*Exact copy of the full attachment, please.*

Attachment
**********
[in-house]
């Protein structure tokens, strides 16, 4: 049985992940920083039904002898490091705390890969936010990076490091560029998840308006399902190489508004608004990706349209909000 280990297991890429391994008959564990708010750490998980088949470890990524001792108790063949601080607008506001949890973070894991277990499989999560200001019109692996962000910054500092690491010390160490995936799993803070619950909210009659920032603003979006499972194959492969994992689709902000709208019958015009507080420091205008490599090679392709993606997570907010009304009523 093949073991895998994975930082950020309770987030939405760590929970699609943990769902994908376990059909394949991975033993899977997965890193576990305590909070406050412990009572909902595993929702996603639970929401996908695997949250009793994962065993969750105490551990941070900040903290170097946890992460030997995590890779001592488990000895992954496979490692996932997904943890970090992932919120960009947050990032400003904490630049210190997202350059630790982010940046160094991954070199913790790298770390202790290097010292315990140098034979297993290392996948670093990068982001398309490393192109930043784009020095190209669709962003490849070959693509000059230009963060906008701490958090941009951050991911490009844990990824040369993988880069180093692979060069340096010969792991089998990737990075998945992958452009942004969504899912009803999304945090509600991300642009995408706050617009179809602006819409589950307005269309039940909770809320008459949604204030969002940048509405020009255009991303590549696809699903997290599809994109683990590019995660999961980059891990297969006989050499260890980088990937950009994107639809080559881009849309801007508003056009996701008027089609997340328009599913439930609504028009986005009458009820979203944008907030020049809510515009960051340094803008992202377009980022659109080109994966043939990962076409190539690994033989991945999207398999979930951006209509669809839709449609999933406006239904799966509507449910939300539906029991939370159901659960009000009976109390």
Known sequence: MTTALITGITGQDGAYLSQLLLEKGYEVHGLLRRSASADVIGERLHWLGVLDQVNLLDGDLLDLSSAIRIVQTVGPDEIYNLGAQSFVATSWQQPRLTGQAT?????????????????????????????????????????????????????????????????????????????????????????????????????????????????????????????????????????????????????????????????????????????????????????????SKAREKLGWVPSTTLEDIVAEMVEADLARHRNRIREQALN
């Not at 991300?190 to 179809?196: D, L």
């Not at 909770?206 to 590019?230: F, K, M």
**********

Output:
[in-house]
């Protein structure tokens, strides 16, 4: 049985992940920083039904002898490091705390890969936010990076490091560029998840308006399902190489508004608004990706349209909000 280990297991890429391994008959564990708010750490998980088949470890990524001792108790063949601080607008506001949890973070894991277990499989999560200001019109692996962000910054500092690491010390160490995936799993803070619950909210009659920032603003979006499972194959492969994992689709902000709208019958015009507080420091205008490599090679392709993606997570907010009304009523 093949073991895998994975930082950020309770987030939405760590929970699609943990769902994908376990059909394949991975033993899977997965890193576990305590909070406050412990009572909902595993929702996603639970929401996908695997949250009793994962065993969750105490551990941070900040903290170097946890992460030997995590890779001592488990000895992954496979490692996932997904943890970090992932919120960009947050990032400003904490630049210190997202350059630790982010940046160094991954070199913790790298770390202790290097010292315990140098034979297993290392996948670093990068982001398309490393192109930043784009020095190209669709962003490849070959693509000059230009963060906008701490958090941009951050991911490009844990990824040369993988880069180093692979060069340096010969792991089998990737990075998945992958452009942004969504899912009803999304945090509600991300642009995408706050617009179809602006819409589950307005269309039940909770809320008459949604204030969002940048509405020009255009991303590549696809699903997290599809994109683990590019995660999961980059891990297969006989050499260890980088990937950009994107639809080559881009849309801007508003056009996701008027089609997340328009599913439930609504028009986005009458009820979203944008907030020049809510515009960051340094803008992202377009980022659109080109994966043939990962076409190539690994033989991945999207398999979930951006209509669809839709449609999933406006239904799966509507449910939300539906029991939370159901659960009000009976109390």
Known sequence: MTTALITGITGQDGAYLSQLLLEKGYEVHGLLRRSASADVIGERLHWLGVLDQVNLLDGDLLDLSSAIRIVQTVGPDEIYNLGAQSFVATSWQQPRLTGQAT?????????????????????????????????????????????????????????????????????????????????????????????????????????????????????????????????????????????????????????????????????????????????????????????SKAREKLGWVPSTTLEDIVAEMVEADLARHRNRIREQALN
């Not at 991300?190 to 179809?196: D, L």
């Not at 909770?206 to 590019?230: F, K, M």